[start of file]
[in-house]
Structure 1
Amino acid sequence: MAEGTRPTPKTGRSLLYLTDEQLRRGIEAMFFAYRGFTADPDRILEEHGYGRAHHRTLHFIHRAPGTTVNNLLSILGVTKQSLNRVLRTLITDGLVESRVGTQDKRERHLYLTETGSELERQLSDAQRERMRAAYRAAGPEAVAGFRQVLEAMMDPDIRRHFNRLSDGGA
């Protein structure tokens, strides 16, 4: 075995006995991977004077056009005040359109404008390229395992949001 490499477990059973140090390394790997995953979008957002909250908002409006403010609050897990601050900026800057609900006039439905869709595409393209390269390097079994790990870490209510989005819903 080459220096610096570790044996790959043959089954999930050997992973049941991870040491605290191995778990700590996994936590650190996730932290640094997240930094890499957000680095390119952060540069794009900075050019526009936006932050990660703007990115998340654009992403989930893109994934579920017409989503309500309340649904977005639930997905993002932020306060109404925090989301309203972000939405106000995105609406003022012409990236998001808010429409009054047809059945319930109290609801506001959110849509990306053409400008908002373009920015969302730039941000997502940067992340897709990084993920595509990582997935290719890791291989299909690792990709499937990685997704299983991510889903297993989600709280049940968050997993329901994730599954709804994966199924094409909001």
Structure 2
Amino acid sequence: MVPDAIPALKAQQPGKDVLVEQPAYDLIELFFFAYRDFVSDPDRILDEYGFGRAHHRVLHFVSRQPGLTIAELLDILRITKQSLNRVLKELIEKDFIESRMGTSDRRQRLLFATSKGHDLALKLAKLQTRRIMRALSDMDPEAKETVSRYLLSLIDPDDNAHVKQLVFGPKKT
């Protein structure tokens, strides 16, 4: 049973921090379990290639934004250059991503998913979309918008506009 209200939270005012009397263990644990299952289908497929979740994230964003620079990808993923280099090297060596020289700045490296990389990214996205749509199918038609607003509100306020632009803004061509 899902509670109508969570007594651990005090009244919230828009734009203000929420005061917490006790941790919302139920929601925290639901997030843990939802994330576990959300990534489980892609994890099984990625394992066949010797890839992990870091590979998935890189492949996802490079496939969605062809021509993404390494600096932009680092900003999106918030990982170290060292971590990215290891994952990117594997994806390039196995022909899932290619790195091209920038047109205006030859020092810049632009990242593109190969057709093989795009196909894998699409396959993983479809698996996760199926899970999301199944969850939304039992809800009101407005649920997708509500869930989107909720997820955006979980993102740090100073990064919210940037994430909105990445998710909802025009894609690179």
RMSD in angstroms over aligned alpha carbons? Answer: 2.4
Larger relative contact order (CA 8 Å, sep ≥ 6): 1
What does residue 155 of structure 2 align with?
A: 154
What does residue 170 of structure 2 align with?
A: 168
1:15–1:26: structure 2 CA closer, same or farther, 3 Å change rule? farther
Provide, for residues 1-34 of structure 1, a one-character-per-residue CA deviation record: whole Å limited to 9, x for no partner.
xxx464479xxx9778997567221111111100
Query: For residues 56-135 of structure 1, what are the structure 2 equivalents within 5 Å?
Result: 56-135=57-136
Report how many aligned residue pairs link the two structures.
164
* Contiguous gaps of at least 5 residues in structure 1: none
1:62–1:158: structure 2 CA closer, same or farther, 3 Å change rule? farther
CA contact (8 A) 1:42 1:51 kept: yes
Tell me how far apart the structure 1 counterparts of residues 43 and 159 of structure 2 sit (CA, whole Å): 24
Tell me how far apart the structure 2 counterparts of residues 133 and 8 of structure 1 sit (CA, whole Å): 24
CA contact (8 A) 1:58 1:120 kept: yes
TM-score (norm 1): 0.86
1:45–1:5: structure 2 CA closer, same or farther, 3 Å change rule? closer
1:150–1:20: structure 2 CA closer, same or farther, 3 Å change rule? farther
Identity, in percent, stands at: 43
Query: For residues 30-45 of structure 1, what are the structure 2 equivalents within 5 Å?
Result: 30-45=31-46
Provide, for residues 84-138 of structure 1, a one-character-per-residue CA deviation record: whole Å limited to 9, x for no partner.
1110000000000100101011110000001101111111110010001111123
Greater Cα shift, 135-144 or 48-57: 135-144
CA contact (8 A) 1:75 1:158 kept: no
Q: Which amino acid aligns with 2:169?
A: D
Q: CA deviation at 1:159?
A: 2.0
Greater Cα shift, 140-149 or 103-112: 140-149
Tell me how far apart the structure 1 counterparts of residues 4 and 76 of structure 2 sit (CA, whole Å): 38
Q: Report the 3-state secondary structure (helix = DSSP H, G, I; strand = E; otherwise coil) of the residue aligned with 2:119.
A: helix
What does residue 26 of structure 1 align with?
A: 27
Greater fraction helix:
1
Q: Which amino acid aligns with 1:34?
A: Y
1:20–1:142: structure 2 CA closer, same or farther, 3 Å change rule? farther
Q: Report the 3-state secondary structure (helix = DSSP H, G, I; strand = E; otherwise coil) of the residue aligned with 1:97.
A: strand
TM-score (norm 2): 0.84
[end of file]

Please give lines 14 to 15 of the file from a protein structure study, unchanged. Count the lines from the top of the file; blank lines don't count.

1:15–1:26: structure 2 CA closer, same or farther, 3 Å change rule? farther
Provide, for residues 1-34 of structure 1, a one-character-per-residue CA deviation record: whole Å limited to 9, x for no partner.